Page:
NVCA is grateful for the exemption provided by statute that was intended to exempt all venture capital funds from the costs and challenges associated with the Registered Investment Advisor (RIA) regulatory requirements under Dodd-Frank. However, the definition of venture capital fund promulgated by the Securities and Exchange Commission was too narrow and did not meet the statutory obligations of a full venture capital exemption. The definition leaves out broad swaths of growth equity and fund-of-funds venture capital firms, constrains the investment activity of some Exempt Reporting Advisors (ERAs) who must actively avoid the regulatory morass of registration, and imposes unnecessary compliance burdens on other firms who participate in venture capital.
Unfortunately, this definition ignores critical elements of the entrepreneurial ecosystem that must be included to ensure that the venture capital definition most fully benefits economic growth and expanded economic opportunity. NVCA recommends the following modifications:
Investments in Emerging Growth Companies (EGCs), whether public or private companies, should be considered qualifying investments. In addition, the purchase of qualifying investments on the secondary market should not be disqualified.
Investments in other venture capital funds, including fund-of-funds investments should be considered qualifying investments.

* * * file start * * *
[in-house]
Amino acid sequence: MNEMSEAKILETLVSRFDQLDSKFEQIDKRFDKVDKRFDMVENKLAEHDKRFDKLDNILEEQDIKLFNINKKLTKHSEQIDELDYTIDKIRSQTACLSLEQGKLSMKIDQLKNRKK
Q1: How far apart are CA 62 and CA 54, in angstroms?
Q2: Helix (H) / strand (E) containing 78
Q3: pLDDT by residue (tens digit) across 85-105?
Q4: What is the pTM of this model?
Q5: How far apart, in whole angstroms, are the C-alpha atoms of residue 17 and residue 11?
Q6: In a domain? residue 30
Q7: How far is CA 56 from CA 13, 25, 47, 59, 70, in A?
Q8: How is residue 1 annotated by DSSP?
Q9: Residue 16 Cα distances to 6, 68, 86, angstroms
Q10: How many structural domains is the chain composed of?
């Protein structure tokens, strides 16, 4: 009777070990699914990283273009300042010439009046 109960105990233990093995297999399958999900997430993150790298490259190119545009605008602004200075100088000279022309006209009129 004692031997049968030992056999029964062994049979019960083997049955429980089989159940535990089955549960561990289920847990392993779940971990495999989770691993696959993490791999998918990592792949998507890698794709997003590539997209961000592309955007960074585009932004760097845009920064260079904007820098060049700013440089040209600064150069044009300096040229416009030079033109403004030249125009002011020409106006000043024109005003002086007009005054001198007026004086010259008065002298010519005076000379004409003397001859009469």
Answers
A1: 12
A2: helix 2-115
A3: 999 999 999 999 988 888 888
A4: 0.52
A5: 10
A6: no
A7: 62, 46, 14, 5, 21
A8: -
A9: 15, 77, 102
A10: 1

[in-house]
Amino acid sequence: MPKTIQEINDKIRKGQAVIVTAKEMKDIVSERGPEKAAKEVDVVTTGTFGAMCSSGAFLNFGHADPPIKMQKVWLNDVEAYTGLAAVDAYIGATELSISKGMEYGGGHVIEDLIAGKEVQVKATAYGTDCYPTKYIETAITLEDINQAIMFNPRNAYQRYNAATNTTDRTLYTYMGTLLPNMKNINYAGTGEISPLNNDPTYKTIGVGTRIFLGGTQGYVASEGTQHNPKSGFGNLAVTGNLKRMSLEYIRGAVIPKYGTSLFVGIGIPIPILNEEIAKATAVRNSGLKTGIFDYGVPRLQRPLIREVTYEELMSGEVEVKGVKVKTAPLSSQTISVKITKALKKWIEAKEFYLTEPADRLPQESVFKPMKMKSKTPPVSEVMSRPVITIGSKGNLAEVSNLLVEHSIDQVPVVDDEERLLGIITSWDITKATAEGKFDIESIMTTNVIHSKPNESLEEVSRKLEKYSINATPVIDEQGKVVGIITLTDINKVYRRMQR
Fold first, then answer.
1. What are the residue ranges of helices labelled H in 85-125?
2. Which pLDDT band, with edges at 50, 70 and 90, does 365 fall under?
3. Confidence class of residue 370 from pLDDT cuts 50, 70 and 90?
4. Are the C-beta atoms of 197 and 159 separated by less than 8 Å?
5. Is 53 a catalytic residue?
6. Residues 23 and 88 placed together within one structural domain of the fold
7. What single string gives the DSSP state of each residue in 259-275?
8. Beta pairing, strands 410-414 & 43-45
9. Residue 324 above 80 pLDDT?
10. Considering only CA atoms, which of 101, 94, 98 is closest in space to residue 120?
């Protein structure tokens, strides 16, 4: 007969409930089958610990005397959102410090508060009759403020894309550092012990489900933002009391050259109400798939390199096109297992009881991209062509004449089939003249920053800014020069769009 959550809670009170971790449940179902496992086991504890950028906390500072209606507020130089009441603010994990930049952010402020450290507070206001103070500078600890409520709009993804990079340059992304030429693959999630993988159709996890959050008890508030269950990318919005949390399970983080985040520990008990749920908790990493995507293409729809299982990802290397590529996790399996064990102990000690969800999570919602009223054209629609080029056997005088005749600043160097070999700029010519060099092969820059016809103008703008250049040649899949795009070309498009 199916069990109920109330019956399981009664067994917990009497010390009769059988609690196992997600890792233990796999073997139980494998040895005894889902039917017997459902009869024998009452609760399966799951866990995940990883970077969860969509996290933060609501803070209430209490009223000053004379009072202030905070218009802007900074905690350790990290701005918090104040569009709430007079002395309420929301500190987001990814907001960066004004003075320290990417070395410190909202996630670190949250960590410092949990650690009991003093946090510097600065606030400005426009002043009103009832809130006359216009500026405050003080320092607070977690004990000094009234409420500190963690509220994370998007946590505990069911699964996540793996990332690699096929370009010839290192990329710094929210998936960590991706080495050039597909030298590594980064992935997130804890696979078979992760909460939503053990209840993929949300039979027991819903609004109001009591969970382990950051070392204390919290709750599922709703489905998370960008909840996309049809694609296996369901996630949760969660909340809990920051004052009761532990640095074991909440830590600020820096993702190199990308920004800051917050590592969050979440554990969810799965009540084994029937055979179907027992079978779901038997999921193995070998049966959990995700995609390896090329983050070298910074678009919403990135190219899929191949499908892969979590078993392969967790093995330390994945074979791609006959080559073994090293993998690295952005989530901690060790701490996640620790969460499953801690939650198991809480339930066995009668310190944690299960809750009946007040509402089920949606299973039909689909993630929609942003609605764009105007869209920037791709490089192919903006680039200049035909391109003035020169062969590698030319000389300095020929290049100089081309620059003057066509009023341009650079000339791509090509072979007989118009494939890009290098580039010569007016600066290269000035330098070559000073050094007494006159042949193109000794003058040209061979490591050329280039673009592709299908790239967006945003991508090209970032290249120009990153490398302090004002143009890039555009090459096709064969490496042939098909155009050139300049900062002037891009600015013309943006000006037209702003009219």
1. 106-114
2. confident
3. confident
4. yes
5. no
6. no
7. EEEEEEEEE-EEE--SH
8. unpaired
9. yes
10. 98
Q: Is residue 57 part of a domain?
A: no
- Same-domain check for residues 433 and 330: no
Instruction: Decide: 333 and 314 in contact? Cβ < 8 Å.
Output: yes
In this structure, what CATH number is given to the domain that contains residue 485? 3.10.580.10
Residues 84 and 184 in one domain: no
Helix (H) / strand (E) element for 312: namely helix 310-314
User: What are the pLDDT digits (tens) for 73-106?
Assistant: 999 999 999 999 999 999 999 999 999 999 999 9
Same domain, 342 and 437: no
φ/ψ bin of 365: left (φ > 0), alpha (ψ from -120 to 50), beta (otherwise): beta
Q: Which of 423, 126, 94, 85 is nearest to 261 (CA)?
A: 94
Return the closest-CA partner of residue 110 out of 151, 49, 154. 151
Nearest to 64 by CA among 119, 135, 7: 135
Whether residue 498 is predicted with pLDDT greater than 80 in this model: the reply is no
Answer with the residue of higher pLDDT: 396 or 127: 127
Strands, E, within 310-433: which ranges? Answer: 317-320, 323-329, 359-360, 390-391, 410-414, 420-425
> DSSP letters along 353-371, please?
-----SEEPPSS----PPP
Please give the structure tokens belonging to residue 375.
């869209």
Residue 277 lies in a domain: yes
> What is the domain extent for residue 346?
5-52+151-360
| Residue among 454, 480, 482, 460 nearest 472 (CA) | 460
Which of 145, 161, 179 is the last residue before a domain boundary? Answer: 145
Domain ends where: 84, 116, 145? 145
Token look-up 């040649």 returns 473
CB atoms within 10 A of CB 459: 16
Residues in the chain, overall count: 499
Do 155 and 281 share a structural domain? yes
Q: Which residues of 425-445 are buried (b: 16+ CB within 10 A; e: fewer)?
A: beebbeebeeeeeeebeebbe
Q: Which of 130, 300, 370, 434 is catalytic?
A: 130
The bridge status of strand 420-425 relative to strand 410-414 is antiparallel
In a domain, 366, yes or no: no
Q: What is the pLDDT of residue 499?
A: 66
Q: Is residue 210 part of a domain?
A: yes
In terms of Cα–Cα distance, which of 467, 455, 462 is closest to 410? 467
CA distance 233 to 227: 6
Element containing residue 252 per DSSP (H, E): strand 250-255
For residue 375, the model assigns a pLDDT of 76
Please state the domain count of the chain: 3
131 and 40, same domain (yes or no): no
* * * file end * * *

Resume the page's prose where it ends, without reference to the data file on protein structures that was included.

The leverage limitations should be modified to allow for leverage up to the sum of total unfunded commitments, with a term of indebtedness up to 365 days.
There should be a simple and timely deregistration process for currently registered venture capital funds who would be exempt due to these modifications.
Pass the HALOS Act
NVCA supports the HALOS Act, a bipartisan piece of legislation that works to remove a potential regulatory complication currently encountered during Demo Days, encouraging greater participation for entrepreneurs and investors. Demo Days are fundamental to supporting startups, where entrepreneurs pitch their ideas to investors and also help educate the broader startup ecosystem.
Pass the Fostering Innovation Act
NVCA also supports the Fostering Innovation Act, sponsored by Representatives Kyrsten Sinema (D-AZ), Thom Tillis (R-NC), Gary Peters (D-MI), and David Perdue (R-GA); Representatives Trey Hollingsworth (R-IN) and Ben McAdams (D-UT), which provides emerging growth companies with an additional five-year exemption from certain regulatory requirements of public companies. Lowering the costs of being a public company can encourage more IPOs and allow small firms to use time and resources focused on growing innovation.